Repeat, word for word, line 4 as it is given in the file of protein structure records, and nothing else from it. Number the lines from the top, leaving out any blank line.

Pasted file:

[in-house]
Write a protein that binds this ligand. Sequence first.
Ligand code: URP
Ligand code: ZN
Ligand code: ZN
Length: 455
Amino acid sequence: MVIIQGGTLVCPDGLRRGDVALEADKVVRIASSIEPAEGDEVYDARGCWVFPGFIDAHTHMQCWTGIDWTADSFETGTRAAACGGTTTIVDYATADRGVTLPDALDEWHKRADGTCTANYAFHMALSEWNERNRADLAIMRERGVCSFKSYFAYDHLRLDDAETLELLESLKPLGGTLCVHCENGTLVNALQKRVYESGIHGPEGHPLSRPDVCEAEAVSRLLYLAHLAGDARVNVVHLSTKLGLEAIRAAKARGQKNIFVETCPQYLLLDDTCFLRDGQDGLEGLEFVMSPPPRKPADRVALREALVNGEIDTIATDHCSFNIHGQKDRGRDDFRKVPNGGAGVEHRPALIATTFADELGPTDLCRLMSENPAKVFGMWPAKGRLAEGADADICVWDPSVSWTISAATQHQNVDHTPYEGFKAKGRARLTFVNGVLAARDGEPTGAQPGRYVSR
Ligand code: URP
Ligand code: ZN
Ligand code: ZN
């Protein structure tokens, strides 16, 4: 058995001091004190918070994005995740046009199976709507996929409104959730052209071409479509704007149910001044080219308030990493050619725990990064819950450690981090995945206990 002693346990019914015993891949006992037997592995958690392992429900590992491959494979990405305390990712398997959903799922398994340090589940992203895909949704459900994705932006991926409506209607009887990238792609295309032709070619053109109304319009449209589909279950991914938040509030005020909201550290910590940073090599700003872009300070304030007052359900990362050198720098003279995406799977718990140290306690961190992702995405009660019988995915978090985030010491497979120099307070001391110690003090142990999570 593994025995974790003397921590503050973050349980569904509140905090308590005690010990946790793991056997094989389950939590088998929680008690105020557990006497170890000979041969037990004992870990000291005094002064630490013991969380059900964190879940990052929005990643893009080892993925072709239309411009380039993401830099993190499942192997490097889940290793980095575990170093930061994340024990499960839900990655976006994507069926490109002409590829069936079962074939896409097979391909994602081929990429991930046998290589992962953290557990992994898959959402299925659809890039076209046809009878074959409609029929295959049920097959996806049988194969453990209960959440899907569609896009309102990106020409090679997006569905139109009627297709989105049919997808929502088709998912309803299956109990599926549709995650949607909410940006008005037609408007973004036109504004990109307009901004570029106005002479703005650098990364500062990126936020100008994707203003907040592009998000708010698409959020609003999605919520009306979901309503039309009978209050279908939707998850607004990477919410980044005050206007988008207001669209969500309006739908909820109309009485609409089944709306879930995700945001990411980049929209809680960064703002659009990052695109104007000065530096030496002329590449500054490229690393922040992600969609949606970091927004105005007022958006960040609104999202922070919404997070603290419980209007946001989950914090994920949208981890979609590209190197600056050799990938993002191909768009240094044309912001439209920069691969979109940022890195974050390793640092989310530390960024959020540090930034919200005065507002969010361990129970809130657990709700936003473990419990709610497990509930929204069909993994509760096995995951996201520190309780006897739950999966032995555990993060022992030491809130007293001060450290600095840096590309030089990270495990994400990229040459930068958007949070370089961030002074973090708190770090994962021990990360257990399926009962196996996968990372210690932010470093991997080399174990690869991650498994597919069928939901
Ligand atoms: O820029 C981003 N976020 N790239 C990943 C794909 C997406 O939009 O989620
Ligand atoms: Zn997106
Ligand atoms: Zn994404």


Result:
Ligand code: ZN